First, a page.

But much of the increase has nothing to do with demand. The cost of ingredients used in making tortillas went up, and some manufacturers passed the cost along to consumers.

Chavez-Hansen estimates that roughly half of the 14 percent sales increase for tortilla manufacturing and bakeries is attributable to rising cost of such ingredients as wheat and corn. Those commodities, particularly corn, skyrocketed last year.

La Tapatia raised its wholesale prices four times over the last two years, though ingredient prices are dropping now, Chavez-Hansen said.

Other food-related industries also landed at the top of the list, including grain farming and farm products. Food is a necessity, and related industries do well comparatively because shoppers can't cut back on it like they can on luxuries, said Ephraim Leibtag, an economist with the U.S. Department of Agriculture's Economic Research Service.

Most of the other top 10 performers are tied in some way to changes in the economy.

Oil and gas extraction are on the list because of what happened last summer, when crude oil reached record highs. That in turn spurred an uptick in the oil exploration and extraction field in the following months, Michael said.

Meanwhile, florists are suffering as people scale back on luxuries.

Bob Azzaro, owner of San Francisco Floral in Fresno, said customers have drastically cut back on the "just because" orders that aren't tied to birthdays or anniversaries.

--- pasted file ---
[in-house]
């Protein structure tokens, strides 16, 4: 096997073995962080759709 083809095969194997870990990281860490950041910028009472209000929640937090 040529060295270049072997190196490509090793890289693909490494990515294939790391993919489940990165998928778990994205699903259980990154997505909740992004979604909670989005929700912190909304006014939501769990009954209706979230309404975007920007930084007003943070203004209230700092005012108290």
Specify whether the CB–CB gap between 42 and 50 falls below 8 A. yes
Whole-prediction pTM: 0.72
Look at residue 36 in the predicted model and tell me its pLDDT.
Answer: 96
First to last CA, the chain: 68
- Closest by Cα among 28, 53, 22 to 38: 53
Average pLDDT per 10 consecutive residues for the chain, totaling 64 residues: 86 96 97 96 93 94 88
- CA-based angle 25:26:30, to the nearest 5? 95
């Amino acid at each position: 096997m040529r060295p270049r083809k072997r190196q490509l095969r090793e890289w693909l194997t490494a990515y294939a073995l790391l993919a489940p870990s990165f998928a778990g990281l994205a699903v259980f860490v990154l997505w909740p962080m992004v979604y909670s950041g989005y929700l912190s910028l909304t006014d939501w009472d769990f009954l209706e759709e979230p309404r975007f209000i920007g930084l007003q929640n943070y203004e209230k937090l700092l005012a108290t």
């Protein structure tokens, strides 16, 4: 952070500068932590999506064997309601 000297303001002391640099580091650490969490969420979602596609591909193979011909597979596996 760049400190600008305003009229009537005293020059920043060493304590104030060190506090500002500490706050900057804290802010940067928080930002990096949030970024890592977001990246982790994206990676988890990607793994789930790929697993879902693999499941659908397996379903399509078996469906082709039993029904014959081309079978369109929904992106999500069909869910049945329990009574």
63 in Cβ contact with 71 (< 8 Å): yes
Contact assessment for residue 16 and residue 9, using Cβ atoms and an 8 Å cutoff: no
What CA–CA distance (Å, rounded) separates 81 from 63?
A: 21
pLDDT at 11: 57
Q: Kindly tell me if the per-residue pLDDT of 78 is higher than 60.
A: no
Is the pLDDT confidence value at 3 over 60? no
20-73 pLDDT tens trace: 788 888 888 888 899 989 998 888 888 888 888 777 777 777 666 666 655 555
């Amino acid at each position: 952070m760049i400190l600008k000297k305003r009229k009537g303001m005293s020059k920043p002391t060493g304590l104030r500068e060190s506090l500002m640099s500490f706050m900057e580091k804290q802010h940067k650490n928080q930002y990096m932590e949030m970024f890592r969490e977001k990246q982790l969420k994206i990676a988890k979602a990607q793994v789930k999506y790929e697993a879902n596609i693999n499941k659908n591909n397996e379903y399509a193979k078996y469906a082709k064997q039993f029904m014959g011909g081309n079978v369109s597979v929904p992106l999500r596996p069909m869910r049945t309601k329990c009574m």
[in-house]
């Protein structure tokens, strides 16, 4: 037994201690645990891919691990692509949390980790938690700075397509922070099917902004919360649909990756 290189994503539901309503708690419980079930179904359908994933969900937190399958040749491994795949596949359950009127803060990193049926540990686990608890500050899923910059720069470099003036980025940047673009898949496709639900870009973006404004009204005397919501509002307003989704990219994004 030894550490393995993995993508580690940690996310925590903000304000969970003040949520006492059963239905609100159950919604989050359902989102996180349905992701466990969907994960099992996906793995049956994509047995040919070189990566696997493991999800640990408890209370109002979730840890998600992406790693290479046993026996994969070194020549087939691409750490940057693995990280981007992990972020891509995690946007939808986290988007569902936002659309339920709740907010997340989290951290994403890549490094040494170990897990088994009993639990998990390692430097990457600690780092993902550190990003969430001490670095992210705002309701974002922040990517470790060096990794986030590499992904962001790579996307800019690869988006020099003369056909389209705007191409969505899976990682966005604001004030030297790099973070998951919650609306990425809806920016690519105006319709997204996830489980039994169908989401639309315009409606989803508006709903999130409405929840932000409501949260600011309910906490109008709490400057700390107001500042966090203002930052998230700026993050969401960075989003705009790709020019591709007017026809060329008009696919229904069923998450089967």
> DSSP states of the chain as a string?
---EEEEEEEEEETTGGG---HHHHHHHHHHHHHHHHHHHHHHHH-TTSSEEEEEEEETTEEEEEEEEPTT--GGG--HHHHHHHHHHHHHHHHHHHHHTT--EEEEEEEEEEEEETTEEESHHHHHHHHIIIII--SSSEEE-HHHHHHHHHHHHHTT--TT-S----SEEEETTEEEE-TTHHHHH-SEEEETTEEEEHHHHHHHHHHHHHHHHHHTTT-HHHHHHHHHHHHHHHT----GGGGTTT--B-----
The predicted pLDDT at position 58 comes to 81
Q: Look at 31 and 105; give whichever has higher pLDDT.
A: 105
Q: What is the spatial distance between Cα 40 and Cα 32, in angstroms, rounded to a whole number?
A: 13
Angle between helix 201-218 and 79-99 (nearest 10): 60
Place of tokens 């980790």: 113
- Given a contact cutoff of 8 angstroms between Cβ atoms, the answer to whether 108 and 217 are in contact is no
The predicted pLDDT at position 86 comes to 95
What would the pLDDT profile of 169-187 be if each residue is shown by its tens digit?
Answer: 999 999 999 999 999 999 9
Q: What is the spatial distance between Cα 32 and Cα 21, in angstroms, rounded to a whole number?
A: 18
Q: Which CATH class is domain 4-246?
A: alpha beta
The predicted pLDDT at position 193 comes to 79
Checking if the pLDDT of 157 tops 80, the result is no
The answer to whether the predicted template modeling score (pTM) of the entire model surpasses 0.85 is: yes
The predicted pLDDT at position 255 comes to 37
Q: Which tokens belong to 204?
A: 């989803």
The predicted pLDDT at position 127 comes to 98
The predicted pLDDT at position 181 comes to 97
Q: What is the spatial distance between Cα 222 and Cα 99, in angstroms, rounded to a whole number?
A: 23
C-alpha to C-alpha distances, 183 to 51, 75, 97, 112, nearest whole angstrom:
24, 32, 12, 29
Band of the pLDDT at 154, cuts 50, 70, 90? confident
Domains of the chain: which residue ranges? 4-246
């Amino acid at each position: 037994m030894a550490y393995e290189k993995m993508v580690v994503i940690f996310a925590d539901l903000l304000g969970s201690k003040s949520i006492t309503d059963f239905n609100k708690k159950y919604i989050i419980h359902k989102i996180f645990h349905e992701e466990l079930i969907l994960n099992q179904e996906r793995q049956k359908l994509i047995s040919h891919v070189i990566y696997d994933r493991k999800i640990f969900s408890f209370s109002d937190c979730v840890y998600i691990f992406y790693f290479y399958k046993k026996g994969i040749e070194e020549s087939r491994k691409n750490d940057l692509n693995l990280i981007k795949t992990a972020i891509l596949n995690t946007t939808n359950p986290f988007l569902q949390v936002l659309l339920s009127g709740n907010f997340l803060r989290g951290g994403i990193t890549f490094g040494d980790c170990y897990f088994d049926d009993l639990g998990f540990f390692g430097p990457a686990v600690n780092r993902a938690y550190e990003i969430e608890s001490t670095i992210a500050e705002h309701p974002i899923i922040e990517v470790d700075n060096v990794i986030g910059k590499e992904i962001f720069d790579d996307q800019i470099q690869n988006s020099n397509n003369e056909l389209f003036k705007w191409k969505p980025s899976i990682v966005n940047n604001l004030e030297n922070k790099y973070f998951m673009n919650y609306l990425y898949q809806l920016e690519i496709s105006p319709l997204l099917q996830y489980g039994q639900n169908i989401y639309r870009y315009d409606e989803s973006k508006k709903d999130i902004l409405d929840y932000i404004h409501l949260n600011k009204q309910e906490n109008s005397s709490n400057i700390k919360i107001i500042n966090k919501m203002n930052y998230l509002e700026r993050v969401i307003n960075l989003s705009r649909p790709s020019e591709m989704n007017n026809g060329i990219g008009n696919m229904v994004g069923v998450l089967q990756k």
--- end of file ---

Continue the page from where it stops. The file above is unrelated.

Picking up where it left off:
In past years, he would get phone calls saying, "Hey Bob, send a $50 arrangement to my wife. She's having a bad day."

He doesn't get those calls anymore, he said. And sales are down about 20 percent.

Azzaro said flowers are a luxury, and he understands why people are cutting back: "If you have to buy food for your family or flowers, what are you going to buy?"

The sales decline led to layoffs at San Francisco Floral earlier this year.

Sales are down about 25 percent at Kiku Floral on M Street downtown. Owners Larry and Lorrie Yamada have cut back on their employees' hours and are doing more work themselves.

Florists are suffering from the same pullback in spending as other industries on the worst-performing list, Michael said. The purchases in other industries may be bigger -- a car, or furniture -- but they represent purchases that can be delayed during recessions, he said.

Many of the industries are related to the housing crisis, with any industry related to home sales or building seeing plunging sales. But it's not all bad news, even among those at the bottom of the list.

A turnaround may already be in the works for florists, said Larry Yamada. Sales picked up slightly in August and September. He expects they'll pick up even more when the weather cools enough to put racks of flowers on the sidewalk, which drives impulse buys, he said.


Another bright spot -- of sorts -- is funerals. Flower orders for funerals have remained steady despite the recession, both florists say.